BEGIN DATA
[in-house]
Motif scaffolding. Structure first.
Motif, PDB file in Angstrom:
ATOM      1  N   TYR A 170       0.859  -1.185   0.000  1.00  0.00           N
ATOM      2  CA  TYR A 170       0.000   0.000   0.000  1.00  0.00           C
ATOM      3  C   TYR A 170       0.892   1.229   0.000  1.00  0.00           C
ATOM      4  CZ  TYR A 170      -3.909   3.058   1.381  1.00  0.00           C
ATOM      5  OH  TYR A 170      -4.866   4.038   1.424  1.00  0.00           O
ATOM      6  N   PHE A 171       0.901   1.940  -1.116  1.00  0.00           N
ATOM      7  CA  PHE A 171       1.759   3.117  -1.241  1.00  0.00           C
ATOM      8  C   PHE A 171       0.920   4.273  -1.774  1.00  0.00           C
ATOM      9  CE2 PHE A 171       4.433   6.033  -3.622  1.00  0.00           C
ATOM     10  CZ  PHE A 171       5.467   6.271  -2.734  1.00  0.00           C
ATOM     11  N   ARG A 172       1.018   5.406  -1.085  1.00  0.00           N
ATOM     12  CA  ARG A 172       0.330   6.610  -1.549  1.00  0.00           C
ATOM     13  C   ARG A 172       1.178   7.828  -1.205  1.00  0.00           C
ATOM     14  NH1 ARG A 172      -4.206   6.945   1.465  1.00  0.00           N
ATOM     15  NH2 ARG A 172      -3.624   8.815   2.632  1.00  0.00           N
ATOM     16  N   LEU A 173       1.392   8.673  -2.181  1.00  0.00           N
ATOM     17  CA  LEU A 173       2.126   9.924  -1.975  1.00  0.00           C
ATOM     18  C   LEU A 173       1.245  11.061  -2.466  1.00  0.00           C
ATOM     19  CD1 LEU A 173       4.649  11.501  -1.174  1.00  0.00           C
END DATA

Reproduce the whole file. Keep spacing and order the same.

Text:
[in-house]
Motif scaffolding. Structure first.
Motif, PDB file in Angstrom:
ATOM      1  N   TYR A 170       0.859  -1.185   0.000  1.00  0.00           N
ATOM      2  CA  TYR A 170       0.000   0.000   0.000  1.00  0.00           C
ATOM      3  C   TYR A 170       0.892   1.229   0.000  1.00  0.00           C
ATOM      4  CZ  TYR A 170      -3.909   3.058   1.381  1.00  0.00           C
ATOM      5  OH  TYR A 170      -4.866   4.038   1.424  1.00  0.00           O
ATOM      6  N   PHE A 171       0.901   1.940  -1.116  1.00  0.00           N
ATOM      7  CA  PHE A 171       1.759   3.117  -1.241  1.00  0.00           C
ATOM      8  C   PHE A 171       0.920   4.273  -1.774  1.00  0.00           C
ATOM      9  CE2 PHE A 171       4.433   6.033  -3.622  1.00  0.00           C
ATOM     10  CZ  PHE A 171       5.467   6.271  -2.734  1.00  0.00           C
ATOM     11  N   ARG A 172       1.018   5.406  -1.085  1.00  0.00           N
ATOM     12  CA  ARG A 172       0.330   6.610  -1.549  1.00  0.00           C
ATOM     13  C   ARG A 172       1.178   7.828  -1.205  1.00  0.00           C
ATOM     14  NH1 ARG A 172      -4.206   6.945   1.465  1.00  0.00           N
ATOM     15  NH2 ARG A 172      -3.624   8.815   2.632  1.00  0.00           N
ATOM     16  N   LEU A 173       1.392   8.673  -2.181  1.00  0.00           N
ATOM     17  CA  LEU A 173       2.126   9.924  -1.975  1.00  0.00           C
ATOM     18  C   LEU A 173       1.245  11.061  -2.466  1.00  0.00           C
ATOM     19  CD1 LEU A 173       4.649  11.501  -1.174  1.00  0.00           C